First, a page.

As part of its push to register drones, it also unveiled Drones Reunited, a platform that helps people recover the thousands of drones lost in the United Kingdom annually.
Drone pilots in the United Kingdom have until the end of November to register themselves and their quadcopters with the Civil Aviation Authority - or face a £1,000 fine.
If you're a member of The UK Drone Association, British Model Flying Association, Scottish Aeromodellers' Association, Large Model Association or FPV UK, you're exempt from being required to register and take the test before November 30, although further instructions will be communicated to you by your association. Failure to register can result in a fine of £1000.
So how does the scheme work in practice?
Children under 13 must have permission from a parent or guardian before they can register as a drone pilot.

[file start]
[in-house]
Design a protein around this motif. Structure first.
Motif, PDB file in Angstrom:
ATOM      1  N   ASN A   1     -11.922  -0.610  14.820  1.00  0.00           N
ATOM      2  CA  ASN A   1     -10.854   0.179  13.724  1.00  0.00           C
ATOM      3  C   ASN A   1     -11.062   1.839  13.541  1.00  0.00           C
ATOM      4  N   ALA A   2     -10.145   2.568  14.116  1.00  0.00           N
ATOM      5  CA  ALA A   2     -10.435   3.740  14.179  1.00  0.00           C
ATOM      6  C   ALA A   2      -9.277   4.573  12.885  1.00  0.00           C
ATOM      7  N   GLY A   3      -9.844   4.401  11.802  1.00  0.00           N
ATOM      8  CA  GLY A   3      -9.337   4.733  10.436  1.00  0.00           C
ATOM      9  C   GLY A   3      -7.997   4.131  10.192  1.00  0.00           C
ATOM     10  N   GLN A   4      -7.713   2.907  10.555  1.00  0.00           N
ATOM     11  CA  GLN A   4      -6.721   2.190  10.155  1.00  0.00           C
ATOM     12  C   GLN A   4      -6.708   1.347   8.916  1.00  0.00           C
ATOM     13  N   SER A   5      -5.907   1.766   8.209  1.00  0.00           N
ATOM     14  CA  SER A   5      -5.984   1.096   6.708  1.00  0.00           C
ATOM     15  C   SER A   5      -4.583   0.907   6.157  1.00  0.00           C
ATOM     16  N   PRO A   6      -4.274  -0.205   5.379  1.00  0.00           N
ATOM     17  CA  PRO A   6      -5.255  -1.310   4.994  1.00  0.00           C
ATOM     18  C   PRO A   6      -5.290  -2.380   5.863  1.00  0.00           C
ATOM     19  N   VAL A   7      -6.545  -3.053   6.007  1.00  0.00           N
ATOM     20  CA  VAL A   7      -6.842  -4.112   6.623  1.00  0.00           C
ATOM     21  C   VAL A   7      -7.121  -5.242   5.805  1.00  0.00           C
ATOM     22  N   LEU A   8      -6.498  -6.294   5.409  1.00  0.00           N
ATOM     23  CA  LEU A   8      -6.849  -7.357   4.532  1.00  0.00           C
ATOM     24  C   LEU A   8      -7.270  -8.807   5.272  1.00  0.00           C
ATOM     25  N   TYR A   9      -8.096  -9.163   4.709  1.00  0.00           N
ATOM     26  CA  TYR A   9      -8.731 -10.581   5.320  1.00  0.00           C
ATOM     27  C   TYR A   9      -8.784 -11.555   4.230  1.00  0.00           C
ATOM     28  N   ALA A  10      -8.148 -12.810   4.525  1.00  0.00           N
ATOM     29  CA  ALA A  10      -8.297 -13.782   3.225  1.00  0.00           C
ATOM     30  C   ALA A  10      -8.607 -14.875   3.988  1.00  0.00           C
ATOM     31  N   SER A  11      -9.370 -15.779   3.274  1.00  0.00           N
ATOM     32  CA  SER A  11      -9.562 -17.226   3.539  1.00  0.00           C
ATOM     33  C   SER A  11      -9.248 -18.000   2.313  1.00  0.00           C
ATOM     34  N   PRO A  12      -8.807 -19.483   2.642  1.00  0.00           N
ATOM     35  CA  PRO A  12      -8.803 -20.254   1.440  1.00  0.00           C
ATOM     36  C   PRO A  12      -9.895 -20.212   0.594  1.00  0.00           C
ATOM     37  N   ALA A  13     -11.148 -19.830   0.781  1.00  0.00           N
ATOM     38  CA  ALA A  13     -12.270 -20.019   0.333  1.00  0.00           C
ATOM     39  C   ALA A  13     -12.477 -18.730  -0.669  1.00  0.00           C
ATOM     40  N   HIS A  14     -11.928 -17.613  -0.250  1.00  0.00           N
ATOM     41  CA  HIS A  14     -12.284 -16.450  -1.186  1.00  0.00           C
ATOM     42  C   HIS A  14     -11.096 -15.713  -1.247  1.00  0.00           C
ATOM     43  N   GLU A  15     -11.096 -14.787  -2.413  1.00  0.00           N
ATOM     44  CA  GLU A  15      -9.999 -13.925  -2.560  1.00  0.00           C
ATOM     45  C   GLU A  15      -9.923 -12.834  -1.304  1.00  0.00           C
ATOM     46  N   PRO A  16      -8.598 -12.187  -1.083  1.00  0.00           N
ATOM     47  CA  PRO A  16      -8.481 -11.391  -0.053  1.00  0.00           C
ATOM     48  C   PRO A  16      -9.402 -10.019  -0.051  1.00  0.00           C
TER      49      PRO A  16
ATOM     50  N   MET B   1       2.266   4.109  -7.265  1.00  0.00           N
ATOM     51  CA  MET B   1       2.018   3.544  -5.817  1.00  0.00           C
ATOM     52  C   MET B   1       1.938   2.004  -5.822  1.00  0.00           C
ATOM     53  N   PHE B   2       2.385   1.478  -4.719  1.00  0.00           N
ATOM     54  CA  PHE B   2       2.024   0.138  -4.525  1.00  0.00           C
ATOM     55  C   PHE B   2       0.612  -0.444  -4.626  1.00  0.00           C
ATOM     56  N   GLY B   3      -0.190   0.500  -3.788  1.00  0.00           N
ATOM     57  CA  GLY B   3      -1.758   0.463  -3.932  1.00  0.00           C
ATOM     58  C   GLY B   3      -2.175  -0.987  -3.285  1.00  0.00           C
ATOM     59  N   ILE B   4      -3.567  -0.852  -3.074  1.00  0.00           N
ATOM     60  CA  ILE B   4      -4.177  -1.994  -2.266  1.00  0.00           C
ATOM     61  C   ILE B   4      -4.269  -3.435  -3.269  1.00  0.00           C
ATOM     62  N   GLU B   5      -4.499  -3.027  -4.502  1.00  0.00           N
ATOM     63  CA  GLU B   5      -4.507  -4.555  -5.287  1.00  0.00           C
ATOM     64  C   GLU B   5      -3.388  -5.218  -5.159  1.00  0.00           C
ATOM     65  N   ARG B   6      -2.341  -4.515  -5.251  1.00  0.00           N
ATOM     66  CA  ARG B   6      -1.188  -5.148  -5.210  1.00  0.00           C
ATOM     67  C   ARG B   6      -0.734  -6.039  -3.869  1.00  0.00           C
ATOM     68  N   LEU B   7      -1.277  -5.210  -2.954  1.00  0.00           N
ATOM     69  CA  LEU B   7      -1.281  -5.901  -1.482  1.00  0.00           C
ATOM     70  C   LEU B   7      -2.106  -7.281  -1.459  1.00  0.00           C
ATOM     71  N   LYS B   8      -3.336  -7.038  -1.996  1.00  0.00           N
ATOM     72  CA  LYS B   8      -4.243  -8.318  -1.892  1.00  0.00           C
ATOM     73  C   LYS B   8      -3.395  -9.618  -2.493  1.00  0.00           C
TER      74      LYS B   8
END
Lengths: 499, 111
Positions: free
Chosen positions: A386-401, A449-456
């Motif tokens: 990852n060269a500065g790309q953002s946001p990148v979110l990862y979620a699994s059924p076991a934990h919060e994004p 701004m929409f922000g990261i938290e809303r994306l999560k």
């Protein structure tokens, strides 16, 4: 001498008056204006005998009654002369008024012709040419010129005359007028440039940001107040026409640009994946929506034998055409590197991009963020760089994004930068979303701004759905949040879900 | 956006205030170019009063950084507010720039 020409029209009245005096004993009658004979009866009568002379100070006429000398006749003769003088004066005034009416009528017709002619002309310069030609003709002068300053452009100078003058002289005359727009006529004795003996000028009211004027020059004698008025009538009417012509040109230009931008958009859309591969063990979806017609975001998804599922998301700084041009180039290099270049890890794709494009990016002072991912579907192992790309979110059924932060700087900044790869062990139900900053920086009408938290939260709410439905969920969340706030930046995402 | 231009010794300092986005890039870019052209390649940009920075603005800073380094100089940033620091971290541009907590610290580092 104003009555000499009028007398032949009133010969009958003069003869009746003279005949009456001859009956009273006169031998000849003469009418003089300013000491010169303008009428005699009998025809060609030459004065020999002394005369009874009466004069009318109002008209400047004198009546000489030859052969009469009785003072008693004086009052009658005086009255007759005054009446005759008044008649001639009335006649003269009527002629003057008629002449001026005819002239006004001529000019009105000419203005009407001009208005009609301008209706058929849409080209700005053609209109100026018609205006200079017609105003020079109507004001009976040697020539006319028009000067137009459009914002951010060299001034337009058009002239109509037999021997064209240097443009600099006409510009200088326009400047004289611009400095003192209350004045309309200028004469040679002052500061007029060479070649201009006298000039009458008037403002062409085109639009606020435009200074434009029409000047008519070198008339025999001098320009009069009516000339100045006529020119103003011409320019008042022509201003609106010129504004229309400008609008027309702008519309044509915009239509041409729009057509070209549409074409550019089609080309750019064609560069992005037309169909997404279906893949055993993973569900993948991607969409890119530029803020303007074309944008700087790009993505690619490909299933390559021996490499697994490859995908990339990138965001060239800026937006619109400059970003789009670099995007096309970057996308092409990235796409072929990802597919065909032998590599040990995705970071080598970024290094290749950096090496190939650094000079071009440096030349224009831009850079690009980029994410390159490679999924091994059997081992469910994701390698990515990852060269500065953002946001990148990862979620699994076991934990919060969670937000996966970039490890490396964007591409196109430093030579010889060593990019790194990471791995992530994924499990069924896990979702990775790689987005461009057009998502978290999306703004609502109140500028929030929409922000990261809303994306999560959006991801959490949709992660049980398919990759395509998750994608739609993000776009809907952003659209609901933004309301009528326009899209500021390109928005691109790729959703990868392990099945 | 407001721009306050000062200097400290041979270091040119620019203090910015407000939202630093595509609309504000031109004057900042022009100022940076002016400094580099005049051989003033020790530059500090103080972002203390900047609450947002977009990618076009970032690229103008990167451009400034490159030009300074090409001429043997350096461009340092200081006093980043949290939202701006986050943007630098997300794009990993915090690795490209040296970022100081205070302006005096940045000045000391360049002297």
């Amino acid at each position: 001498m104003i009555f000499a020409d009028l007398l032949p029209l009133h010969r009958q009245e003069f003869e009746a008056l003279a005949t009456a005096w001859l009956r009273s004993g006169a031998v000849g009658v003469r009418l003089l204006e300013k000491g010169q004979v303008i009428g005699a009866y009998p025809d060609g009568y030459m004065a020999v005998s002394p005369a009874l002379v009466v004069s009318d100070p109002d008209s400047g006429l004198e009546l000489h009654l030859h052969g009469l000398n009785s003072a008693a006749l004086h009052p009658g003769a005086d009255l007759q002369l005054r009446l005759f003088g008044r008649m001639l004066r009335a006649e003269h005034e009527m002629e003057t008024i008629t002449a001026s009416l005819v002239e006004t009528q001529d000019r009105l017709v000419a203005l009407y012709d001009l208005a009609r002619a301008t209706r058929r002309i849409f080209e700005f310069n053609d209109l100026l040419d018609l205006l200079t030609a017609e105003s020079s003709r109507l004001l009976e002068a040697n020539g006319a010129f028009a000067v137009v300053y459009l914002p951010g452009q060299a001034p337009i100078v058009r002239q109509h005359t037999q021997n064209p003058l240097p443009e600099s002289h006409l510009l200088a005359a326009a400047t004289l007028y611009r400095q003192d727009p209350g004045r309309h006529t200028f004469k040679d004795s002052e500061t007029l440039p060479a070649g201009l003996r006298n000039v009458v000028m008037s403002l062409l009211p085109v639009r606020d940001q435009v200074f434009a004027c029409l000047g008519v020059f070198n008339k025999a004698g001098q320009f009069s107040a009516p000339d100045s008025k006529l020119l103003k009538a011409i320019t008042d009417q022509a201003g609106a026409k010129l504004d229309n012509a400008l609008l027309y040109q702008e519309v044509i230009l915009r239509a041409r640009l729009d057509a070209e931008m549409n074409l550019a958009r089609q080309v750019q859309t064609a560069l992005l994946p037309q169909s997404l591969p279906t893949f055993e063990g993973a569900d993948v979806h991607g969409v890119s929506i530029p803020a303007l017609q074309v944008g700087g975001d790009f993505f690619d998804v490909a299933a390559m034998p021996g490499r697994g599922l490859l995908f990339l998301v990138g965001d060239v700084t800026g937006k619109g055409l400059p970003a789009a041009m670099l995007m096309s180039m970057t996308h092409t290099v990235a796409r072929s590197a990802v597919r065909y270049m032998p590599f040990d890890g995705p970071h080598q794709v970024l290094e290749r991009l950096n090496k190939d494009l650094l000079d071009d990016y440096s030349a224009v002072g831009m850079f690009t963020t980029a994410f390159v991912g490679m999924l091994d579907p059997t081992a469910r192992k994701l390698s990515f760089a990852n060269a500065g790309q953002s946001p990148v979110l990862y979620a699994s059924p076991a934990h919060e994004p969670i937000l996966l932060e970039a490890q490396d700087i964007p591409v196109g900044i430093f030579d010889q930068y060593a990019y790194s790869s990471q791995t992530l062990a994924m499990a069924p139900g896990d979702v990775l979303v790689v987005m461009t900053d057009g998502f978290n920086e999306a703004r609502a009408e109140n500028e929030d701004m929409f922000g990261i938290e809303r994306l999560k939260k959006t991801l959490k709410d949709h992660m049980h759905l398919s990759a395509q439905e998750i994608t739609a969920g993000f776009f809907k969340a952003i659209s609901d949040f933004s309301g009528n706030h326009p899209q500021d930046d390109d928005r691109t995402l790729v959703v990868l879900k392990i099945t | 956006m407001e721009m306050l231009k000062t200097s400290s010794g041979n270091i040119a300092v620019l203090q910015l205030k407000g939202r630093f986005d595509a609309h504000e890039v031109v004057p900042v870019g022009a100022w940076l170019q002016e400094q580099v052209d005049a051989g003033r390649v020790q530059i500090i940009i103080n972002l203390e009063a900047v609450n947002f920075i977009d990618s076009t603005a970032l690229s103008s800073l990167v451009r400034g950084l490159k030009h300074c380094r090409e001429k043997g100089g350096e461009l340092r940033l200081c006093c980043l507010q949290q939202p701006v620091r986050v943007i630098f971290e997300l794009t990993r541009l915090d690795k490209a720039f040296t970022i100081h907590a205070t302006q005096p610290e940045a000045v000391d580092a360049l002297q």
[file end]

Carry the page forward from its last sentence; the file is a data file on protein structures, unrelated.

The drone pilot ID must be renewed every three years.
Registering craft weighing between 250g and 20 kg costs £ 9.
To register your drone or model aircraft then visit https://register-drones.caa.co.uk.More news: Hong Kong leader Lam 'saddened' by protesters' injuries
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At the same time, the CAA is starting a service it hopes will reunite owners with their lost drones.
But a quarter of cases involve pilots making mistakes.
As part of the registration scheme, the CAA has also launched a "Drones Reunited" scheme which is a platform to help recover the thousands of drones lost in the United Kingdom each year.
CAA assistant director of communications Jonathan Nicholson said: 'The service is about giving something back to the community, helping responsible drone owners and operators to be reunited with lost drones and continue flying. Anyone who loses a drone must post the details to the Drones Reunited site, while anyone who finds a drone will be encouraged to check the device for a registration number.
United Kingdom ministers have come in for serious criticism for lagging on drone regulations in recent years after a spate of drone sightings at the country's busiest airport grounded flights last December, disrupting thousands of travelers.
A couple were arrested, but were released without charge.
Despite an extensive police search and the use of military systems, as well as £50,000 reward, the unidentified drone operators were not caught.